In order to train as a mediator you have to:
- Undergo training by a National Accreditation Board for Family Mediators (NABFAM) or The South African Dispute Resolution Accreditation Council (DiSAC) recognized trainers. (Age or specific tertiary qualifications are not normally required, though in the absence of the latter you may be required to undergo additional training.)
- Be assessed as being competent by someone qualified to do this
- Meet certain qualifying requirements, such as not having been convicted of a crime.
The Standards and minimum requirements are set out below.
What does SAAM Accreditation mean?
If a mediator is “SAAM Accredited”, it means that the Practitioner:
- Has undergone approved training as a mediator/arbitrator
- Was independently assessed and found to be competent
- Has agreed to practice under supervision (and disciplinary processes) of SAAM Accredited Supervisor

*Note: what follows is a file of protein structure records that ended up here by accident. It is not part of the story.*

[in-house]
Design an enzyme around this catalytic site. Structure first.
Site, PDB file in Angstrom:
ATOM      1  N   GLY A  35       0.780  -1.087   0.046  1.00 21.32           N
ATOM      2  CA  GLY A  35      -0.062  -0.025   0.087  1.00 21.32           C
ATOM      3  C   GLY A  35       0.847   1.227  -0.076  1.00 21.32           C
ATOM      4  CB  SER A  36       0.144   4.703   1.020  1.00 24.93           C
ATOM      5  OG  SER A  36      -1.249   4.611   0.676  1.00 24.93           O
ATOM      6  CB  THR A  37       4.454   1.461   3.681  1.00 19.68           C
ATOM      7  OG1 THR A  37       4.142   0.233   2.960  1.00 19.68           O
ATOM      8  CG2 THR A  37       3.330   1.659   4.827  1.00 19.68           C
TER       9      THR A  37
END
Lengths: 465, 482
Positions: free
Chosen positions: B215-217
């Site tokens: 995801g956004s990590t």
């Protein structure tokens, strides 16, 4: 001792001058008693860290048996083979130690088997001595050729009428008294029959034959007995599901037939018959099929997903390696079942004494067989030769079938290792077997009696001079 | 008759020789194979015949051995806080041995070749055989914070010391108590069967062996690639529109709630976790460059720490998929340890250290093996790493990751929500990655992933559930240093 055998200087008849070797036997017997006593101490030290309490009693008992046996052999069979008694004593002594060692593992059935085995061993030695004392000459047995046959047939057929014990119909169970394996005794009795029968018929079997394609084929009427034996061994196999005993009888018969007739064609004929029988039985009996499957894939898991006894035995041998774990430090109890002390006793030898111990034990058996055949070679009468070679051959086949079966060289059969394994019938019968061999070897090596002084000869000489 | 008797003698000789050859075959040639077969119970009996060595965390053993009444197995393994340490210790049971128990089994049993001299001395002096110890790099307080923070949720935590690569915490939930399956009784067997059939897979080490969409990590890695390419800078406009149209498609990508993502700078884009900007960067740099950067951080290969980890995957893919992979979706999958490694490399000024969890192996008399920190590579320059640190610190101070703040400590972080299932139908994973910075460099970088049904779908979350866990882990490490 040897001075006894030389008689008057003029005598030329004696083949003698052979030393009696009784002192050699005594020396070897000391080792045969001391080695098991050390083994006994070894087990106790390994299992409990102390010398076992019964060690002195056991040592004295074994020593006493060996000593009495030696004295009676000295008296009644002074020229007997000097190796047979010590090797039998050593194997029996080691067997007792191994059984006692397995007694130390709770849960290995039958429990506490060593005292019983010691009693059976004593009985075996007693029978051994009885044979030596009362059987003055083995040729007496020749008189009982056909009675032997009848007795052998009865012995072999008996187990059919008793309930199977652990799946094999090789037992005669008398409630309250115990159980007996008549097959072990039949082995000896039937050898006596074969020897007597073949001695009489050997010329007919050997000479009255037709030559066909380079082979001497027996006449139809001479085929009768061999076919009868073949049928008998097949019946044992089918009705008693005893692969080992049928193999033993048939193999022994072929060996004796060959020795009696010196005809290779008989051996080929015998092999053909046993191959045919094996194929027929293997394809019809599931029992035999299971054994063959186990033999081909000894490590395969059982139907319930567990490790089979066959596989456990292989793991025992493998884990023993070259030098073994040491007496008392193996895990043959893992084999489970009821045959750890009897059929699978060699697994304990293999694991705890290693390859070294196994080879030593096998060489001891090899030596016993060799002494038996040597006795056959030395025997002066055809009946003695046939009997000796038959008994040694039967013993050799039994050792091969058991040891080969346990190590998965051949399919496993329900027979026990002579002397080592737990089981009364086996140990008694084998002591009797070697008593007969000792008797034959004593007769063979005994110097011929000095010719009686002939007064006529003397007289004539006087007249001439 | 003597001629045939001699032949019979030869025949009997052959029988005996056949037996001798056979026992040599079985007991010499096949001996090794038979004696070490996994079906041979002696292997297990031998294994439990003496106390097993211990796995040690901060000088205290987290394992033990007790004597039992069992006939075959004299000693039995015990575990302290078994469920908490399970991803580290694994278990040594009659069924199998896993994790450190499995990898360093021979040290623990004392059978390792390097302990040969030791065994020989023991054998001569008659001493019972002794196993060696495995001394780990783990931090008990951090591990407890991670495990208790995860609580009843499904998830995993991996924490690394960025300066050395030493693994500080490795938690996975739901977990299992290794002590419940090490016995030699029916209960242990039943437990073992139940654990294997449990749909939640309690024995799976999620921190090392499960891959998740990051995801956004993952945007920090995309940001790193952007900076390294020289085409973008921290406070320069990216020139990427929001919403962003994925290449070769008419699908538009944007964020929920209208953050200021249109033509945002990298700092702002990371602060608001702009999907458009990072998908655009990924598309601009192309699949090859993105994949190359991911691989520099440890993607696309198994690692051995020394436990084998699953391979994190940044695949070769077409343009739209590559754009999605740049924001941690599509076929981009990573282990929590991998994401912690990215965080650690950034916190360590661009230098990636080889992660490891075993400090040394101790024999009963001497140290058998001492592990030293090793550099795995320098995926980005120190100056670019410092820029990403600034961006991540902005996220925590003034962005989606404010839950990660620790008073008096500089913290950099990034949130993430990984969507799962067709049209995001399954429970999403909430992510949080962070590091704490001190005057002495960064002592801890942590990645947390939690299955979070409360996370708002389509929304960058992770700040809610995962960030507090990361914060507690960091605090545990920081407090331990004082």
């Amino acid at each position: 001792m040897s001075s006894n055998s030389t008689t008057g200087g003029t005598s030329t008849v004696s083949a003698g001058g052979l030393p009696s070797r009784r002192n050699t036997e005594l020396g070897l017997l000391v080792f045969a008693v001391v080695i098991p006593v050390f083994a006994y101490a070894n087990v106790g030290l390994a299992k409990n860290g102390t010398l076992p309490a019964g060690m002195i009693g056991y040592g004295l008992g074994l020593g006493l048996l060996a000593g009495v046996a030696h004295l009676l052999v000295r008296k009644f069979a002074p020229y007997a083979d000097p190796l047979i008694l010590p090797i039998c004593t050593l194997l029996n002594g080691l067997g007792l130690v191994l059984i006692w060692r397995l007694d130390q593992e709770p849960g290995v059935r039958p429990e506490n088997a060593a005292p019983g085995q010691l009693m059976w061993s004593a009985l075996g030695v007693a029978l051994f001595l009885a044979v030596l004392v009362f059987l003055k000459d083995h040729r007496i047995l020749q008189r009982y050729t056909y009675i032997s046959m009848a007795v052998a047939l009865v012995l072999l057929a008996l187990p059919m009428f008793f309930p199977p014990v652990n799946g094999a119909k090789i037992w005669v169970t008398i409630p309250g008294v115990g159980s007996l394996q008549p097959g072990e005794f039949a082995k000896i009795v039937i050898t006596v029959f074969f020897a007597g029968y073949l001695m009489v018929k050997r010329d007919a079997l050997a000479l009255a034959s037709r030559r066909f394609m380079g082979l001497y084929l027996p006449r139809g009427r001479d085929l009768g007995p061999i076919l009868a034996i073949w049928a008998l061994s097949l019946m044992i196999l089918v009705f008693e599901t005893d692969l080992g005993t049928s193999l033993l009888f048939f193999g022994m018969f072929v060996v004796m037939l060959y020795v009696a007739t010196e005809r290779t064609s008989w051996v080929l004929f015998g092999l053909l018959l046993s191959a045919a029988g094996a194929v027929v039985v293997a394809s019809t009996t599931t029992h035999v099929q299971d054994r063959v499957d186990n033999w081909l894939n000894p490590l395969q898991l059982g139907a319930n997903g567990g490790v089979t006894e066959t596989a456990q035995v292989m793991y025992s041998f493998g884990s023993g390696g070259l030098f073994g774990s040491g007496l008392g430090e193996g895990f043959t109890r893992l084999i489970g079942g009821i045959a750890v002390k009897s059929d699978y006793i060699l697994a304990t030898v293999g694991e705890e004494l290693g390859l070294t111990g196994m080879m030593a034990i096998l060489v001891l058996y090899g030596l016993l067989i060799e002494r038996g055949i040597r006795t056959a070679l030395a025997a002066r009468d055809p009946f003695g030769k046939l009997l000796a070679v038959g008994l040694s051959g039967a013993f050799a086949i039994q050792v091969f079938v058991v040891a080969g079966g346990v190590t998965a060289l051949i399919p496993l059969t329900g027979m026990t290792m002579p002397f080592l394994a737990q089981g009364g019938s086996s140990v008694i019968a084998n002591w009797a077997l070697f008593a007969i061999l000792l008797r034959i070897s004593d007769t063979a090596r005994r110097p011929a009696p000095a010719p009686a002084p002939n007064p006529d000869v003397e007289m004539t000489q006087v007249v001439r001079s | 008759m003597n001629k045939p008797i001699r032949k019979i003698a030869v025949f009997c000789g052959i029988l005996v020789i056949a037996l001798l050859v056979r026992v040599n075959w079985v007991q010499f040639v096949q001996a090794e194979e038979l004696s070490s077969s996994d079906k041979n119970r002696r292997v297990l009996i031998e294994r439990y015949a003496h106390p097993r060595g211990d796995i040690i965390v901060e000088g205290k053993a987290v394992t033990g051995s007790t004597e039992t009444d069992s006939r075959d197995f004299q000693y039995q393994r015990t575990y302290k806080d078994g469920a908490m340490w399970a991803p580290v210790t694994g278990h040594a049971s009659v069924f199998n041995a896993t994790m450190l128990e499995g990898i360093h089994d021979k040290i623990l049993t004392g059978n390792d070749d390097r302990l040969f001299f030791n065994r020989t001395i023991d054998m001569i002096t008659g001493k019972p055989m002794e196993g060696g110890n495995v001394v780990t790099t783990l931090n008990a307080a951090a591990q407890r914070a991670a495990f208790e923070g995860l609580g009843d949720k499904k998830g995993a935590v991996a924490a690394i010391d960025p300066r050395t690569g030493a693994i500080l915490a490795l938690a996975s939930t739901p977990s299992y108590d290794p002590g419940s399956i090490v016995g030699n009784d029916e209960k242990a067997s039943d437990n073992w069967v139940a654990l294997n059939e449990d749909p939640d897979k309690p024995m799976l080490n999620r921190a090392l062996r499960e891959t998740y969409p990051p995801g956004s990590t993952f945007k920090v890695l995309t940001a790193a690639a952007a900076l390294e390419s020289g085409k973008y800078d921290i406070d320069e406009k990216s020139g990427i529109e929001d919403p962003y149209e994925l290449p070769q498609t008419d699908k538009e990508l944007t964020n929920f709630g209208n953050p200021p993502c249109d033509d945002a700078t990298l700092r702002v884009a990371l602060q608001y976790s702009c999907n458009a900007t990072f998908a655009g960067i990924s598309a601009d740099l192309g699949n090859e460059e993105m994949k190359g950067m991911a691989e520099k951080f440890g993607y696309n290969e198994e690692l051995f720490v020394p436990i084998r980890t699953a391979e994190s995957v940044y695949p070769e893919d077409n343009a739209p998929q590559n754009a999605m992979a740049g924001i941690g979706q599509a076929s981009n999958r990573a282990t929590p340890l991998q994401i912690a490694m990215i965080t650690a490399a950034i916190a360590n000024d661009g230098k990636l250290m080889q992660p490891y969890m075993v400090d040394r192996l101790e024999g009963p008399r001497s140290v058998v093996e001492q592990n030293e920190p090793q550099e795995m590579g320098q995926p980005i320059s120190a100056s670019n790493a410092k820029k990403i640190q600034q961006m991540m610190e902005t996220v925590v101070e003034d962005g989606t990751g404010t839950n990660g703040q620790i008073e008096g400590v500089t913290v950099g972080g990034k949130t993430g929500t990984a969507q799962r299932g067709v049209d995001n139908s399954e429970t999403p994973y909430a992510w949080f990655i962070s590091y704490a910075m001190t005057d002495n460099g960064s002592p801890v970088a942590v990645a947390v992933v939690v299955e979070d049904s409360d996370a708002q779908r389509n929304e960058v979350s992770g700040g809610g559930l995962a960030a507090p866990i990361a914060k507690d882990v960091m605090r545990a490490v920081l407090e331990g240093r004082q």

- Has agreed to abide by the SAAM Code of Conduct, and
- Is subject to continued professional development requirements
Are all Mediators Accredited?
There is currently no regulatory requirement that mediators accredit themselves. This means that some people without the necessary qualifications hold themselves out to be mediators.
SAAM provides industry supported certification of qualification and good standing. This accreditation is voluntary, and provides peace of mind to the public that a SAAM accredited mediator meets the minimum industry standards for practice.
Please confirm whether or not the following person is accredited with SAAM:
Are all mediators Accredited? Find a Supervisor:
|First Name||Last Name||Phone||Title|
|Quinette||LE ROUX WEITSZemail@example.com||Mrs|